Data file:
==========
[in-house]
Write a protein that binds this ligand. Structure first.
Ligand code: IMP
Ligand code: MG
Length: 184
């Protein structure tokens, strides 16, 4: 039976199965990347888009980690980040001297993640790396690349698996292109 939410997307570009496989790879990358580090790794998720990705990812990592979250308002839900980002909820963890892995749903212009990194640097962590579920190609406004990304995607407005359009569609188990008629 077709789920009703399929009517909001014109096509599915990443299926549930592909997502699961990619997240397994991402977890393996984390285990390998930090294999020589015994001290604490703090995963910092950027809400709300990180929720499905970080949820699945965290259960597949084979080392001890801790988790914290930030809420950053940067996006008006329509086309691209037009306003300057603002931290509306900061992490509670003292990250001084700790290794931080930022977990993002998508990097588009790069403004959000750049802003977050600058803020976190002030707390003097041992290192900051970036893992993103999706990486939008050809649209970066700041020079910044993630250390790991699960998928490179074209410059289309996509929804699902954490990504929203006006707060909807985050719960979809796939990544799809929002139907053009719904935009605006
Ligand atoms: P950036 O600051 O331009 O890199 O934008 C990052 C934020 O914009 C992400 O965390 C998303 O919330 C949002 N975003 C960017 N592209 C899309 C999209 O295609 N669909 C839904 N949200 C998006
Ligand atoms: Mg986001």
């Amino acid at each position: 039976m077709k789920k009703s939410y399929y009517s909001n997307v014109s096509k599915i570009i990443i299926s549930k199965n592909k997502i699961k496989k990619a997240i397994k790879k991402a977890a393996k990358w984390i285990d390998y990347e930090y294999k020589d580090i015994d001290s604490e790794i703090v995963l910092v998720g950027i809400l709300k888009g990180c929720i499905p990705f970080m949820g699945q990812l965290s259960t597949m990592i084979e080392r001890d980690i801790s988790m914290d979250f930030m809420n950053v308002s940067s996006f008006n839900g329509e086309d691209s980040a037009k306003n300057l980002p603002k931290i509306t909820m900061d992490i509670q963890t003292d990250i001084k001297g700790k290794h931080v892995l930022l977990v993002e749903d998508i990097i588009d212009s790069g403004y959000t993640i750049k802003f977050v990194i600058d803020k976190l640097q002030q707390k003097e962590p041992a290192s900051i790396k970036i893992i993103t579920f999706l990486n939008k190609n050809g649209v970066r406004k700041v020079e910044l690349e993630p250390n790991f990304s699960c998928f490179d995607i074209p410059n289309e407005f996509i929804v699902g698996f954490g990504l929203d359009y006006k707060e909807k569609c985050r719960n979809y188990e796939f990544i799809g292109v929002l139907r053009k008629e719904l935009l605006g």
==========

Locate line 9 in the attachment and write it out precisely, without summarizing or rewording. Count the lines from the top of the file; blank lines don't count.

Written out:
């Amino acid at each position: 039976m077709k789920k009703s939410y399929y009517s909001n997307v014109s096509k599915i570009i990443i299926s549930k199965n592909k997502i699961k496989k990619a997240i397994k790879k991402a977890a393996k990358w984390i285990d390998y990347e930090y294999k020589d580090i015994d001290s604490e790794i703090v995963l910092v998720g950027i809400l709300k888009g990180c929720i499905p990705f970080m949820g699945q990812l965290s259960t597949m990592i084979e080392r001890d980690i801790s988790m914290d979250f930030m809420n950053v308002s940067s996006f008006n839900g329509e086309d691209s980040a037009k306003n300057l980002p603002k931290i509306t909820m900061d992490i509670q963890t003292d990250i001084k001297g700790k290794h931080v892995l930022l977990v993002e749903d998508i990097i588009d212009s790069g403004y959000t993640i750049k802003f977050v990194i600058d803020k976190l640097q002030q707390k003097e962590p041992a290192s900051i790396k970036i893992i993103t579920f999706l990486n939008k190609n050809g649209v970066r406004k700041v020079e910044l690349e993630p250390n790991f990304s699960c998928f490179d995607i074209p410059n289309e407005f996509i929804v699902g698996f954490g990504l929203d359009y006006k707060e909807k569609c985050r719960n979809y188990e796939f990544i799809g292109v929002l139907r053009k008629e719904l935009l605006g």